Is it a spider bite? Poison ivy? Or are you developing that skin condition your aunt has? Only a doctor can tell you. But, if you can’t get in to see a dermatologist quickly, will your primary care physician do?
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Dermatologist Anthony Fernandez, MD, PhD, says your primary care doctor can likely handle most simple things. However, if you suspect a more serious problem, find a good dermatologist.
When to visit a primary care doctor
“You should definitely see your primary care provider first for simple, common skin problems. That’s the best place to start,” he says. “Anything with a systemic component should be seen by a dermatologist to get an answer quickly.”
Primary care doctors can treat mild acne, rosacea, warts, minor rashes, bug bites, simple cysts, athlete’s foot, dandruff and mild, benign lesions.
If their treatments don’t clear up the problem, though, it makes sense to consult a specialist.
When to visit a dermatologist
If a rash or other skin problem covers more than 10 percent of your body, consult a dermatologist immediately, especially if you have fever, joint aches, muscle pain, difficulty swallowing or an inability to sleep, Dr. Fernandez says.
Also, visit a dermatologist for any ulcers that won’t heal after a week or two. These open sores can lead to serious infections.
Diagnosing skin inflammation can also reveal inflammation in your organs, including the lungs, kidneys or liver.
Dermatologists can offer:
- Faster diagnosis: If you suspect a serious problem, but start with your primary care doctor, you may wait longer for a diagnosis. In serious cases, this increases the risk of more severe organ damage, potentially leading to acute respiratory distress syndrome or significant damage to your kidneys or liver, Dr. Fernandez says.“Even if a skin-related symptom is mild, you can have a pattern of rash that a dermatologist can recognize immediately that is worrisome,” he says.
- Scar prevention: Dermatologists will treat lupus, scalp conditions associated with hair loss and severe acne aggressively enough so that they don’t lead to scarring.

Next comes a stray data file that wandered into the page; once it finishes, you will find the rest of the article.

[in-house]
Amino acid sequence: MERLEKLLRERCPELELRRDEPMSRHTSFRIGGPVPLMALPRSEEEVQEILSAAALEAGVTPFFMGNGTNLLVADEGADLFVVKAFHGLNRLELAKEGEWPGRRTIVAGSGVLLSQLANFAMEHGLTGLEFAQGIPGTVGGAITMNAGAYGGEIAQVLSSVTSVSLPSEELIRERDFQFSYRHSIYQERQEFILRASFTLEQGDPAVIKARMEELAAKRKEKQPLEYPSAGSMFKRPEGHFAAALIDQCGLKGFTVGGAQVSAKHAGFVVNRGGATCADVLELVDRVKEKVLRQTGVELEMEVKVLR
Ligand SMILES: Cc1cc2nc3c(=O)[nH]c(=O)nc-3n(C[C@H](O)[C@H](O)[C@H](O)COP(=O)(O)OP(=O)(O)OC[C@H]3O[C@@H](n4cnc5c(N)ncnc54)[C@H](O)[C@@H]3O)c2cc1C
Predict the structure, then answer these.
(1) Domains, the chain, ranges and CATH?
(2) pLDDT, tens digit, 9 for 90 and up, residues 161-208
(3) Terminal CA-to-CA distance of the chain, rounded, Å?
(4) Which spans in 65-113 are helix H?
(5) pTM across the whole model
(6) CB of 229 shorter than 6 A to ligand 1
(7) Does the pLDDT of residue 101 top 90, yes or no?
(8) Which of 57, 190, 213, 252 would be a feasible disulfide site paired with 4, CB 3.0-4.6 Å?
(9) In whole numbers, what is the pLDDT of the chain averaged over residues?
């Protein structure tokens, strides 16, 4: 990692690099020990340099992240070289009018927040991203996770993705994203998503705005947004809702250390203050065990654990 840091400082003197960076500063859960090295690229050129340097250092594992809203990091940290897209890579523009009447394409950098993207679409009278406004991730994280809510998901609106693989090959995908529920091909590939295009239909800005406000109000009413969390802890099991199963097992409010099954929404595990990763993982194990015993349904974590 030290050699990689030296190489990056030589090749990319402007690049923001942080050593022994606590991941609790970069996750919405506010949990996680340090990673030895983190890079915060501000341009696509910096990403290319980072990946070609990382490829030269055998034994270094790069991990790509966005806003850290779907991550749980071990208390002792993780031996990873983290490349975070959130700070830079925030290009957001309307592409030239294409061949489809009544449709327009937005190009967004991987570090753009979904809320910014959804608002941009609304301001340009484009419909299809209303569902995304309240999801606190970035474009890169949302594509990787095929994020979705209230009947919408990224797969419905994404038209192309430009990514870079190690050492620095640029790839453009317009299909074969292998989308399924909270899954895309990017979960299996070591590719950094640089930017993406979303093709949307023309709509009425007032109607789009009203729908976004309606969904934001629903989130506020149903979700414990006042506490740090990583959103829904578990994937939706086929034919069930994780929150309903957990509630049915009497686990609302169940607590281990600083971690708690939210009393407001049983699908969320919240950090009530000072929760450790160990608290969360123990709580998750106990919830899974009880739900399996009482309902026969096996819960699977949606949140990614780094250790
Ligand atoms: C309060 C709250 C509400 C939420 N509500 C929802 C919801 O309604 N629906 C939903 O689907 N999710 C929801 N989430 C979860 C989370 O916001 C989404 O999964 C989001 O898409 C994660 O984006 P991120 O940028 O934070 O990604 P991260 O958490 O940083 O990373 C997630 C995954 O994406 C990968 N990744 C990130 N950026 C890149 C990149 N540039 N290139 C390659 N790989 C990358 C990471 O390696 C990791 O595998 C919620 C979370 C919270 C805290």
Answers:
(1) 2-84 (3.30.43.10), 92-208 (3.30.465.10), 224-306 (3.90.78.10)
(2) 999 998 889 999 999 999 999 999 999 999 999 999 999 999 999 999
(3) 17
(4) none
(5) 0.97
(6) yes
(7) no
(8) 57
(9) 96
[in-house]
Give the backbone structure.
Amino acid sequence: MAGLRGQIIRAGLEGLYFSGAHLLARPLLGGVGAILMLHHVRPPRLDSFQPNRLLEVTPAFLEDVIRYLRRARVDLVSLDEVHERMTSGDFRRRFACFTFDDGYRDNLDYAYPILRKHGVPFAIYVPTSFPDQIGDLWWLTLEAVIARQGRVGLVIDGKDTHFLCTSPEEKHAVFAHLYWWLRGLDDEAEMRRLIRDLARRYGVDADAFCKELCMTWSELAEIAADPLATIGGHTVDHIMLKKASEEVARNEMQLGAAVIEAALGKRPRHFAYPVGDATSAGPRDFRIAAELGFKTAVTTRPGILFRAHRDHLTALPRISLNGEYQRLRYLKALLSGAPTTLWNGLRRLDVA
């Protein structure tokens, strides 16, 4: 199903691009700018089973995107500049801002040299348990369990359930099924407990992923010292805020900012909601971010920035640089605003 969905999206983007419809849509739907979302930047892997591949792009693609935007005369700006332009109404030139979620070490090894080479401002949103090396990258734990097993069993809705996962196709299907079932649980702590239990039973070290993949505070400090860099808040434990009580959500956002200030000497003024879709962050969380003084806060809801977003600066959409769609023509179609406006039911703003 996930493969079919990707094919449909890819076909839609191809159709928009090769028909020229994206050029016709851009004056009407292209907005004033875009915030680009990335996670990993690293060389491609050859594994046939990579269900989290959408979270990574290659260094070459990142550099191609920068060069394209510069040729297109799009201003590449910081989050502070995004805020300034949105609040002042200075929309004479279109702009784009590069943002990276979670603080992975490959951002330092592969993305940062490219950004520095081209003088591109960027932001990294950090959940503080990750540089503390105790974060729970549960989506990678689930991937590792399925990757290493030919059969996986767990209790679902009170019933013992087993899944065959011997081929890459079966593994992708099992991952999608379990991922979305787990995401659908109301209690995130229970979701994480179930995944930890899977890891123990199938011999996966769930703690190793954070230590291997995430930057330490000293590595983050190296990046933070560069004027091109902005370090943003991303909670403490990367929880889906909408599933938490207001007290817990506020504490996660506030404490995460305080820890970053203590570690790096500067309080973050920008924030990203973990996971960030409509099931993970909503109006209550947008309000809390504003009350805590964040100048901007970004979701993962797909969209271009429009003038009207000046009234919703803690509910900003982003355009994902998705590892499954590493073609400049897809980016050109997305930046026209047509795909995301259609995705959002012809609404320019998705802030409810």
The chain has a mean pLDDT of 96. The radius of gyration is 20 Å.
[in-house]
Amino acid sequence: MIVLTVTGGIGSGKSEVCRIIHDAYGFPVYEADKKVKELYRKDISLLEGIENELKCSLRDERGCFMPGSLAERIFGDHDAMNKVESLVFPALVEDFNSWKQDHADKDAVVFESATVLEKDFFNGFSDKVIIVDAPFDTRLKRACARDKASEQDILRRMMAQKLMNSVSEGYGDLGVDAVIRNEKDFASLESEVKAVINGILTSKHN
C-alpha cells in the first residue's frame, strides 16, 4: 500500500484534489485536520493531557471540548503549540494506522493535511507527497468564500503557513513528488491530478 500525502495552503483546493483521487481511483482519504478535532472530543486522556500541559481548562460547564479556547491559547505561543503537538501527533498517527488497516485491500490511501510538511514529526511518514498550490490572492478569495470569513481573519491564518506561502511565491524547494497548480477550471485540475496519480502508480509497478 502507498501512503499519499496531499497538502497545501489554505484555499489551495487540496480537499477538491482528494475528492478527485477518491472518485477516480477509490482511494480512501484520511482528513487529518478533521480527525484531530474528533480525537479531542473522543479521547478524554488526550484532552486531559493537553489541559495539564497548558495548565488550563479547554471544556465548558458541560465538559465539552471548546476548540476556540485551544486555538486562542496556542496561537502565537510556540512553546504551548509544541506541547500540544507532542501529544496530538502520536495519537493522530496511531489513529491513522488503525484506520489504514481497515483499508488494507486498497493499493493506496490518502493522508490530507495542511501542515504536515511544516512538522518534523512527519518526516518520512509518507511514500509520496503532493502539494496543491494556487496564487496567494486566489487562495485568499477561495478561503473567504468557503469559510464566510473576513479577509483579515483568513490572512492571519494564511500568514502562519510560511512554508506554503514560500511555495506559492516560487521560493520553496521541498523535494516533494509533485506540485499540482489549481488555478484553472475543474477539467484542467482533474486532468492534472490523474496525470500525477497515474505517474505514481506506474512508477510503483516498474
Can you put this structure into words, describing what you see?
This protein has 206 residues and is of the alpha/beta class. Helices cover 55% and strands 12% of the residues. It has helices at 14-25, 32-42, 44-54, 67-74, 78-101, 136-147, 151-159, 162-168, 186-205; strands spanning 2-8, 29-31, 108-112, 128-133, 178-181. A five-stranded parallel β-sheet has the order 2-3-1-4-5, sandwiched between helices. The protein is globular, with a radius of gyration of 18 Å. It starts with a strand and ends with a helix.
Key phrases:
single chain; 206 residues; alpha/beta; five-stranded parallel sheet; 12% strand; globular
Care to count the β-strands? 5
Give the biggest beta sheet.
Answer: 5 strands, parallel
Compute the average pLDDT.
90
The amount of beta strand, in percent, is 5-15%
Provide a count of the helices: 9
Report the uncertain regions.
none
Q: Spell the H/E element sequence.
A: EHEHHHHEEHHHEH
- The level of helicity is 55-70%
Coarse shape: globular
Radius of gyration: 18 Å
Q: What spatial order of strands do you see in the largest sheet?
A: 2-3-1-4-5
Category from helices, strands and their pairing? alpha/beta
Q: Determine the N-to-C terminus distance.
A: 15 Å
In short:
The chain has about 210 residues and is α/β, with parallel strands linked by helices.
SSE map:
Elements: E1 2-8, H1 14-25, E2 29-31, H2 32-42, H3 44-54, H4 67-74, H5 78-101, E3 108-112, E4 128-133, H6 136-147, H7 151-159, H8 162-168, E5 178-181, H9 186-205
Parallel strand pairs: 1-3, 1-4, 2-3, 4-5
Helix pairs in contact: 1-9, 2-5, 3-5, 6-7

“As advanced as cosmetic procedures are, there’s no way to reverse scarring,” Dr. Fernandez says. “So, the longer the problem goes on, the more extensive permanent damage can become.”
Ultimately, he says, seek medical advice when you first notice a problem. When the skin condition is one symptom of a larger, more serious problem, doing so will limit possible permanent skin or organ damage.
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What to do if you have an urgent issue
If you have an urgent issue, getting a dermatology appointment can sometimes be tough. Currently, there aren’t enough specialists to meet patient needs, and many focus on surgical or cosmetic rather than medical dermatology.
If you do have an urgent need for a dermatologist, Dr. Fernandez suggests this approach:
- Call your dermatologist and discuss your symptoms in detail.
- If you can’t get in to see him or her right away, call around and find an office that can see you sooner.
- Keep in touch with your first choice to watch for cancellations.
- See your primary care provider and ask him or her to reach out to your dermatologist.
Some offices, particularly those in academic medical centers, offer same-day appointments for patients with urgent problems, he says. Otherwise, for serious problems, you can expect to get in within two weeks. As a last resort, you can seek assistance in the emergency department.